02:00
So if we're seriously talking about tackling climate change
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on an urbanizing planet,
02:06
we need to look somewhere else for the solution.
02:08
The solution, in fact, may be closer to hand than we think,
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because all of those cities we're building
02:14
are opportunities.
02:16
Every city determines to a very large extent
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the amount of energy used by its inhabitants.
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We tend to think of energy use as a behavioral thing --
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I choose to turn this light switch on --
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but really, enormous amounts of our energy use
02:29
are predestined
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by the kinds of communities and cities that we live in.
02:34
I won't show you very many graphs today,
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but if I can just focus on this one for a moment,
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it really tells us a lot of what we need to know --
02:42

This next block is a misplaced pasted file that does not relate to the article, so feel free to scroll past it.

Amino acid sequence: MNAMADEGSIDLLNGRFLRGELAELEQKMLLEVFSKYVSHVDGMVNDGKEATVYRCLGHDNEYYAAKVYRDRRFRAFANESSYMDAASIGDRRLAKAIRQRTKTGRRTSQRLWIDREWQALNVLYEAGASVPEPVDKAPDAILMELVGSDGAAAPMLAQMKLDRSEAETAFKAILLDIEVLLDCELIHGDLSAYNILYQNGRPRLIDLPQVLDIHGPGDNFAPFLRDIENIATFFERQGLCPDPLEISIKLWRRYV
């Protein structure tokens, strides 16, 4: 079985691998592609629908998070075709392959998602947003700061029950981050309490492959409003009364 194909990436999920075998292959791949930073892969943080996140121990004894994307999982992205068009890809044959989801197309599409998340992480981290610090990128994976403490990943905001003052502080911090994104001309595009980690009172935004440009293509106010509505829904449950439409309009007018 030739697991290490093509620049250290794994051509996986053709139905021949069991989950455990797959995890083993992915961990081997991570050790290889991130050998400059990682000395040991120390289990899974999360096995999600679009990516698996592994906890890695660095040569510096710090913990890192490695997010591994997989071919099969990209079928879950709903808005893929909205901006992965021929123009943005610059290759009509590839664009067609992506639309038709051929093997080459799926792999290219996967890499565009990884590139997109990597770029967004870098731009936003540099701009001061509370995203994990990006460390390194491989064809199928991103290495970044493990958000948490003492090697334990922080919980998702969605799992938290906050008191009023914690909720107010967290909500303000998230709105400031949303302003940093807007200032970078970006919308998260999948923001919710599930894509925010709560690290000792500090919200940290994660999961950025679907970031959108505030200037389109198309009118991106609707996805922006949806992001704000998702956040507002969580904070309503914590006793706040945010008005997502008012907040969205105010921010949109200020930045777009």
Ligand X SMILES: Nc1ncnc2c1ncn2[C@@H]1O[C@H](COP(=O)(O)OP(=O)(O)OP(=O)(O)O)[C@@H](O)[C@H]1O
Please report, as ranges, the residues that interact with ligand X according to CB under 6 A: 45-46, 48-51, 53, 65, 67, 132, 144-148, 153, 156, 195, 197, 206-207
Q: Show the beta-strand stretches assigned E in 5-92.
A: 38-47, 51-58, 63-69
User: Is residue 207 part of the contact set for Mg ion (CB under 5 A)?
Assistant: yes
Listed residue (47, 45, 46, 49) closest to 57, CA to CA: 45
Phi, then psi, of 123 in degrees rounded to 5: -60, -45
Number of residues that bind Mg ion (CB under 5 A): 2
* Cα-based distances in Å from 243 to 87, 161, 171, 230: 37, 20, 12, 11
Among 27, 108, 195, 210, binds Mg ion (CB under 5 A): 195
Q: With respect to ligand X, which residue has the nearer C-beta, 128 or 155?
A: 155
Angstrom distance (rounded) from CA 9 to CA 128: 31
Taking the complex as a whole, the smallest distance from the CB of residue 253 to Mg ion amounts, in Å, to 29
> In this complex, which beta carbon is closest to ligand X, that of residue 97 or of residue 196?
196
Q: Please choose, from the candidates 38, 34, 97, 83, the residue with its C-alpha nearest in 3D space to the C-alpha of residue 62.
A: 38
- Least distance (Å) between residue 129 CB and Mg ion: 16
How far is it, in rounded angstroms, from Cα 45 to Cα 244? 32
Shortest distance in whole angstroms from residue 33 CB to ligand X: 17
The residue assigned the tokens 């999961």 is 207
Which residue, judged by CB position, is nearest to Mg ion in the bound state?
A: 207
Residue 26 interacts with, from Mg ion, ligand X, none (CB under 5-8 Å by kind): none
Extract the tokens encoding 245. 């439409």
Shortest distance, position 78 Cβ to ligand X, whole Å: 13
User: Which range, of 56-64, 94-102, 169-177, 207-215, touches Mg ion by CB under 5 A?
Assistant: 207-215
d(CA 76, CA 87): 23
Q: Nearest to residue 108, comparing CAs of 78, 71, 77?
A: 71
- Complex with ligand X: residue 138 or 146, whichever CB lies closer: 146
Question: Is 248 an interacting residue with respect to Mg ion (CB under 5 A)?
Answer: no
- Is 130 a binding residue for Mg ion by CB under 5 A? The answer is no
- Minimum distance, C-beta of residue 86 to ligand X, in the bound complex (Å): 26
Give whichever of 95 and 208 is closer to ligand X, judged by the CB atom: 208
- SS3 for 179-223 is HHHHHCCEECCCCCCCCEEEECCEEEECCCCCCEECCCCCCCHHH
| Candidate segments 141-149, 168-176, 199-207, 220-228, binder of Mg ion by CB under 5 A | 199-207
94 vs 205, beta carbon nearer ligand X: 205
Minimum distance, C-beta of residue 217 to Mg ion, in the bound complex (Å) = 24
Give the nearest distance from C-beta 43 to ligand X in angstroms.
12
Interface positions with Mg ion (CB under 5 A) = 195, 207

which is, quite simply,
02:44
that if you look, for example, at transportation,
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a major category of climate emissions,
02:48
there is a direct relationship
02:50
between how dense a city is
02:52
and the amount of climate emissions
02:54
that its residents spew out into the air.
02:56
And the correlation, of course,
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is that denser places tend to have lower emissions --
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which isn't really all that difficult to figure out, if you think about it.
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Basically,
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we substitute, in our lives,
03:09
access to the things we want.
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We go out there and we hop in our cars
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and we drive from place to place.
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And we're basically using mobility to get the access we need.
03:18
But when we live in a denser community,
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suddenly what we find, of course,
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is that the things we need are close by.
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And since the most sustainable trip
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is the one that you never had to make in the first place,
03:29
suddenly our lives become instantly more sustainable.
03:32
And it is possible, of course,
03:35
to increase the density of the communities around us.
03:37
Some places are doing this with new eco districts,
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developing whole new sustainable neighborhoods,
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which is nice work if you can get it,
03:44
but most of the time, what we're talking about is, in fact,
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reweaving the urban fabric that we already have.
03:49
So we're talking about things like infill development:
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really sharp little changes